Area V2 of the cerebral cortex of higher primates has a complex cytochrome oxidase architecture whose most characteristic element is a set of stripes running orthogonal to its long axis. These stripes can be related to the segregation between the various pathways in which V2 participates. In the macaque monkey the more metabolically active stripes are alternately thick and thin and only one set, the thick stripes, is found to possess clusters of labelled cells following injections of horseradish peroxidase — wheatgerm agglutinin into area V5. Some of these clusters, but not all, coincide with substructures inside the thick stripes. V2 of the owl monkey has a similar organization except that the diversification into thick and thin stripes is less prominent, both in terms of their appearance and in that more than every alternate stripe is connected to area MT, the likely homologue of V5.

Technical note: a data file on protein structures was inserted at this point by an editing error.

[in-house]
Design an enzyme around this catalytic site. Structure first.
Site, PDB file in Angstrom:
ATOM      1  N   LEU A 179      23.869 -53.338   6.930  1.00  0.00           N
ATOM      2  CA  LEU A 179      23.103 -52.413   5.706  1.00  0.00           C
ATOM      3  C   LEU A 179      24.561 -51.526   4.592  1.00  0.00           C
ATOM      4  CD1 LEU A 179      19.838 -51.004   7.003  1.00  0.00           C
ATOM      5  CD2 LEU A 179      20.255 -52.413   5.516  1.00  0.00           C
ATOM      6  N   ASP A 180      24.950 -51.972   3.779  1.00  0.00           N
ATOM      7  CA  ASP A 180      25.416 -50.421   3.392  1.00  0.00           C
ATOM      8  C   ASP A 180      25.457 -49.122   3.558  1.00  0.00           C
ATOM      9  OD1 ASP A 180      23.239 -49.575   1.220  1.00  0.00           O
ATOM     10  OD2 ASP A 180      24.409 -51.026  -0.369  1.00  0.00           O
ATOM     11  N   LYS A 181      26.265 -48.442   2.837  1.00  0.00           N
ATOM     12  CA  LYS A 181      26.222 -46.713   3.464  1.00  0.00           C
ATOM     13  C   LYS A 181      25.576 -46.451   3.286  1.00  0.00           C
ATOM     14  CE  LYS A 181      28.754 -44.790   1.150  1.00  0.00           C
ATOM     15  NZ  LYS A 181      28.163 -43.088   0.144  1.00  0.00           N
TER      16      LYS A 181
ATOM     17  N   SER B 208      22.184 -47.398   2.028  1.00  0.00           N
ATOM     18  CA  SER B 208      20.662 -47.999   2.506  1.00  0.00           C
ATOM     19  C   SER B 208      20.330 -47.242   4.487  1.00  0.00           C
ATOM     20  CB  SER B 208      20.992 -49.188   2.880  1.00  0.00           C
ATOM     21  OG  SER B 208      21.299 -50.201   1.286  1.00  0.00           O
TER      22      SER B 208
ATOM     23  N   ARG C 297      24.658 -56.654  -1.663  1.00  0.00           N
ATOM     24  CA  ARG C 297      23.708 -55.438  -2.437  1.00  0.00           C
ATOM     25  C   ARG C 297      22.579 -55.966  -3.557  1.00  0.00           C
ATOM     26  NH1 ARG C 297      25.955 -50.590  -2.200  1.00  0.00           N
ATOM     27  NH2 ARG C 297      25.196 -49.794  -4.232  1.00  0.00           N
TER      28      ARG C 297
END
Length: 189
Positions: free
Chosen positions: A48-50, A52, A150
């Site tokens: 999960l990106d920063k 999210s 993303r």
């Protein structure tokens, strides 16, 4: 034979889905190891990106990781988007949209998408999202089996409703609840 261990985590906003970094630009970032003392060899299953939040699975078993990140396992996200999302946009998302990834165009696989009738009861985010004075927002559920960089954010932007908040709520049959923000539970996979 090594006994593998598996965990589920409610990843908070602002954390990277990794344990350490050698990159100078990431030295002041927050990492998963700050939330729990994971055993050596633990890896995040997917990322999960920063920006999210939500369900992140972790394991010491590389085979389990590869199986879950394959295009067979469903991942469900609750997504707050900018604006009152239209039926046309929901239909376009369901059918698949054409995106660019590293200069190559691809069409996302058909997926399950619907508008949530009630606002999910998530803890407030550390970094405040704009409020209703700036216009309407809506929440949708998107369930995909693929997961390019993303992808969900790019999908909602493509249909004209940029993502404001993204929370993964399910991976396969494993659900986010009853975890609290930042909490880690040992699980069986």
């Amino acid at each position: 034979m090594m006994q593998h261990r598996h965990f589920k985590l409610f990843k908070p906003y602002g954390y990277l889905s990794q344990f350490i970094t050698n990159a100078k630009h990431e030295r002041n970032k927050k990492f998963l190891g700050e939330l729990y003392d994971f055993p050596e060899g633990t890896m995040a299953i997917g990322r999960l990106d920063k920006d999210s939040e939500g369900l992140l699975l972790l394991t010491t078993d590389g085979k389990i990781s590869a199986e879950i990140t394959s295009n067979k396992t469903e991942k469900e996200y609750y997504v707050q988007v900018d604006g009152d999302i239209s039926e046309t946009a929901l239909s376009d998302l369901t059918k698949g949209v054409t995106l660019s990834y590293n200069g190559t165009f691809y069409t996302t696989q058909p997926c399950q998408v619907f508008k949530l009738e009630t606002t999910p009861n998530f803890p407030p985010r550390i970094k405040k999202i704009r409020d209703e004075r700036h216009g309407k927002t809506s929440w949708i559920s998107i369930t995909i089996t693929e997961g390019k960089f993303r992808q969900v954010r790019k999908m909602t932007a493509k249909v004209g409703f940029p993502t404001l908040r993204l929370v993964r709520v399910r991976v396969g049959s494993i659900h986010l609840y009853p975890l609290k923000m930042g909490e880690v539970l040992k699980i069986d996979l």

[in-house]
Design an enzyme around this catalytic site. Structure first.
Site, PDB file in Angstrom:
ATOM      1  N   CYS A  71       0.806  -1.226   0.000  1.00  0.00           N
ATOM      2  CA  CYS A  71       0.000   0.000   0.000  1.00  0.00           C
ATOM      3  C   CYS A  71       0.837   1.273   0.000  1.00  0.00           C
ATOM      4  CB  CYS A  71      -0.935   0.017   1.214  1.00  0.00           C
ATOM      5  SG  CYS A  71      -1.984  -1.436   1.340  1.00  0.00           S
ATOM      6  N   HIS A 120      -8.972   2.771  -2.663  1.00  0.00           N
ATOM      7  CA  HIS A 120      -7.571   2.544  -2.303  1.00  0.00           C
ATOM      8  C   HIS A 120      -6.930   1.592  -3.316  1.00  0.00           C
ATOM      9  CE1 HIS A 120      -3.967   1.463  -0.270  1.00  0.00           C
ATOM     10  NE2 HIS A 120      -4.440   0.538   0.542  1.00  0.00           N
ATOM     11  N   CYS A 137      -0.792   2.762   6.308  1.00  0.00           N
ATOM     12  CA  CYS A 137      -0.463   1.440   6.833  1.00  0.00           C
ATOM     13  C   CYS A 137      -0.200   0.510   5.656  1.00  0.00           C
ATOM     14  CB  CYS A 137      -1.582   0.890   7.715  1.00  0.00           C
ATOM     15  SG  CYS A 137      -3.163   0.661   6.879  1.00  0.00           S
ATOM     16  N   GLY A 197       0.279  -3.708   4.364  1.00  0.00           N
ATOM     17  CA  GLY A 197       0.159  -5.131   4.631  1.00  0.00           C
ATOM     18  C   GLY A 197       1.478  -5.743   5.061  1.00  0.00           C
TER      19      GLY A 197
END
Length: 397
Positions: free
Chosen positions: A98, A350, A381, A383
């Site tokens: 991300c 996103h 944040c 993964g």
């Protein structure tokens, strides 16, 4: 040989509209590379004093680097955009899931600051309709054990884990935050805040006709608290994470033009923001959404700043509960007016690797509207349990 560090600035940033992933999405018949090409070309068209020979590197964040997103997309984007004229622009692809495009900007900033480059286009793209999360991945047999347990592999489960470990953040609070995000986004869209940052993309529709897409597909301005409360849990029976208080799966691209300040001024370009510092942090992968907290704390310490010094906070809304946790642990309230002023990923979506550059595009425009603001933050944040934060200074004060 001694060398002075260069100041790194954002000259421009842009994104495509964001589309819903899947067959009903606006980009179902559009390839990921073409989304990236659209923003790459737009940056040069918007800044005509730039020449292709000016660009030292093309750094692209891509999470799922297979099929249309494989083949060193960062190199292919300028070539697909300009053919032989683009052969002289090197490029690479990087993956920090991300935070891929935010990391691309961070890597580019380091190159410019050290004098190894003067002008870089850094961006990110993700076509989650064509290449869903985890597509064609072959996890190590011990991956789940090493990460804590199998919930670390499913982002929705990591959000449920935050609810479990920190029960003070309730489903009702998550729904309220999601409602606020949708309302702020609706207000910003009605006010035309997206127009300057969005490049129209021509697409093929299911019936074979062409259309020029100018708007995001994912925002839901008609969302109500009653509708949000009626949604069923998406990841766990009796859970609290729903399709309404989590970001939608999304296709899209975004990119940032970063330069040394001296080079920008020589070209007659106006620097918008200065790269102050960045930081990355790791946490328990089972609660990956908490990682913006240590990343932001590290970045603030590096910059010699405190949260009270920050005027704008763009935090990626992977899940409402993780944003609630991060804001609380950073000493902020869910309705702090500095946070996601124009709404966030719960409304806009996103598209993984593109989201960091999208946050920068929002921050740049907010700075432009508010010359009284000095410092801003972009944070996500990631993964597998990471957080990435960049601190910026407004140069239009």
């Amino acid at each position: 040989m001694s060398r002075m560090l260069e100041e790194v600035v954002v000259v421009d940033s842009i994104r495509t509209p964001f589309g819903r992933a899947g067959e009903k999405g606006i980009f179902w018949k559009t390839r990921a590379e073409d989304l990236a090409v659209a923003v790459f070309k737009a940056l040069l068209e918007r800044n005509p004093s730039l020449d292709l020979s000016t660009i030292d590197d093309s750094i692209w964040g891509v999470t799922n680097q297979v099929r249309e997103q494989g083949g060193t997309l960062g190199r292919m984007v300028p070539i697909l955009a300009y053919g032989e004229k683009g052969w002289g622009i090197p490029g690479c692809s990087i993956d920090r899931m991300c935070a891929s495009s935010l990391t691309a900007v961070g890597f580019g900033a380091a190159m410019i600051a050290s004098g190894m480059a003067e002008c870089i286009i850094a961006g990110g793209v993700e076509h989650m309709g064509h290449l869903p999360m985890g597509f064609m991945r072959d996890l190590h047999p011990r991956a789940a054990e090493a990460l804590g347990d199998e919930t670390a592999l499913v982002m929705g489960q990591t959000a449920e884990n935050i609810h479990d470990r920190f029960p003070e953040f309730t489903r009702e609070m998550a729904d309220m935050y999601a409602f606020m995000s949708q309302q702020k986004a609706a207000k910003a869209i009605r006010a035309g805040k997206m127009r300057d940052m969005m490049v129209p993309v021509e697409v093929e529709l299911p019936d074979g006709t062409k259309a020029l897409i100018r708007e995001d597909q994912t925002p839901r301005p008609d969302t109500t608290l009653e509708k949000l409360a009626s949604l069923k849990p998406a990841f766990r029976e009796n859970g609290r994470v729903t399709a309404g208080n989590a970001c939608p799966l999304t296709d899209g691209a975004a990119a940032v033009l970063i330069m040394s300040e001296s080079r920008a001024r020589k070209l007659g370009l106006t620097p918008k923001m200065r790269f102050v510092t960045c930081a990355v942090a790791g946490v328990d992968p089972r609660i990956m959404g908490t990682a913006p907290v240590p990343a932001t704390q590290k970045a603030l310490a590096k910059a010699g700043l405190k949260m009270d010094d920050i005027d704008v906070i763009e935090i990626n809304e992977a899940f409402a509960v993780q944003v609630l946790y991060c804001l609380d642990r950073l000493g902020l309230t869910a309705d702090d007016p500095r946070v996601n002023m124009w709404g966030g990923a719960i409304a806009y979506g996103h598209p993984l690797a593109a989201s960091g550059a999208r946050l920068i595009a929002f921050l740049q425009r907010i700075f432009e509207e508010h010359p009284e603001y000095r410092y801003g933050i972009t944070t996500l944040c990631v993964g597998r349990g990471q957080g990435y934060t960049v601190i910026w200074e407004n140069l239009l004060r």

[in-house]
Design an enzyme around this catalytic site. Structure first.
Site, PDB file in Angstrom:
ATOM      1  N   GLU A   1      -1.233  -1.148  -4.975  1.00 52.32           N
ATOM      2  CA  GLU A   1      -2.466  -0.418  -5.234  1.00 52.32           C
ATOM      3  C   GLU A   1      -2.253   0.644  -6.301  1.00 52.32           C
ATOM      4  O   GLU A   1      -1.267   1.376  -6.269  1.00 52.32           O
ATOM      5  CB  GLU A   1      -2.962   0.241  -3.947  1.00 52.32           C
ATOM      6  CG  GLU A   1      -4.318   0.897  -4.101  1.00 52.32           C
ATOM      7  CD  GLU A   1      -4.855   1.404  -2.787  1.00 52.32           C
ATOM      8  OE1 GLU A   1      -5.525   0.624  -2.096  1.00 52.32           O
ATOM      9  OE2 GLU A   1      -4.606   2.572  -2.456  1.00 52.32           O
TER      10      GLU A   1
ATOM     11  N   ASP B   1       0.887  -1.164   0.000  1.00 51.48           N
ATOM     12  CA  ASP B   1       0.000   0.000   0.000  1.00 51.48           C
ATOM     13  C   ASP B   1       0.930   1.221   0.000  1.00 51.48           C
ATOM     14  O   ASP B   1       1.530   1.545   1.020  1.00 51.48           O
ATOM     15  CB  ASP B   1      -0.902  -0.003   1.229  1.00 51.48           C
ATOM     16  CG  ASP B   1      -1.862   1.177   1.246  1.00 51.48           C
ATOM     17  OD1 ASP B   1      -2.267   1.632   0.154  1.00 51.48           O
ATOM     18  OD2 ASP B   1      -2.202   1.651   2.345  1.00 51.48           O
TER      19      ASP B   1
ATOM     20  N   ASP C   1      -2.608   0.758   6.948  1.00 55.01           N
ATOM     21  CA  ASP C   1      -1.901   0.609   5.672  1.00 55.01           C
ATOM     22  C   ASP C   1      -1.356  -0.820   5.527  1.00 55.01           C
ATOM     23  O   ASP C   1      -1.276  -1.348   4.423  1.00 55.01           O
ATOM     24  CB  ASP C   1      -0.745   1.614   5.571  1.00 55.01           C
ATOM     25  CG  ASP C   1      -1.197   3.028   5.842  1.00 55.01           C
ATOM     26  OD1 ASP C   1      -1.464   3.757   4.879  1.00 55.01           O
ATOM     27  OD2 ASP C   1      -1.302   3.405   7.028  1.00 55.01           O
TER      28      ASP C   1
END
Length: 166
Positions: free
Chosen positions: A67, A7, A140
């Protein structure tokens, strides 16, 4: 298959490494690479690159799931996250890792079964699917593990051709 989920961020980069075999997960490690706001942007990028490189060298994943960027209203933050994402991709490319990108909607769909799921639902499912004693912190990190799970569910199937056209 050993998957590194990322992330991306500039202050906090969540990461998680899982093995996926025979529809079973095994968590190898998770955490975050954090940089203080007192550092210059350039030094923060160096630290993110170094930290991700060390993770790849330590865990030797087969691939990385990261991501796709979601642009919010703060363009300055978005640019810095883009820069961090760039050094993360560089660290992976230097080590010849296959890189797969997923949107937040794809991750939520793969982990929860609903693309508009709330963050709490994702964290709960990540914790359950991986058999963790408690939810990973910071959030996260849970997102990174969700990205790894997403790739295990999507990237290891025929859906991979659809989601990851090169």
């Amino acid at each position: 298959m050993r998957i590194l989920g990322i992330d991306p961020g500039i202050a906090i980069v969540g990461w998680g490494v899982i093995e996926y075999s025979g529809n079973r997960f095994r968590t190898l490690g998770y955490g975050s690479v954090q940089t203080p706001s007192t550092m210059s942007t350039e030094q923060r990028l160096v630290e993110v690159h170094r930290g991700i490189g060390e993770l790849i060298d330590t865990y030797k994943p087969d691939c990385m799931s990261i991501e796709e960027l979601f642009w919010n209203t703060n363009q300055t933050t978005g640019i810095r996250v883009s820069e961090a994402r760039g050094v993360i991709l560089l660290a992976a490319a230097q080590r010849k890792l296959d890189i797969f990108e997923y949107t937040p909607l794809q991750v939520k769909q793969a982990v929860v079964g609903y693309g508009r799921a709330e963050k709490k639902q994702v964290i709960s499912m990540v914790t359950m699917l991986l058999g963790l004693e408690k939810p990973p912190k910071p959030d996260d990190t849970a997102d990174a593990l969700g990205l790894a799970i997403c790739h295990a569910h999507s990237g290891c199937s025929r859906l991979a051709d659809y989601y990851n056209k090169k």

The return projection from V5 to V2 is more widespread than the origin of the forward projection. It extends not only between the clusters of V5-efferent cells within the thick stripes but also across the intervening thin stripes and less active interstripes. Because the latter subserve functions different from those of the thick stripes it would seem that their receipt of a back projection from an area to which they do not project, V5, may be relevant to the process of intergration of signals relating to different attributes of vision.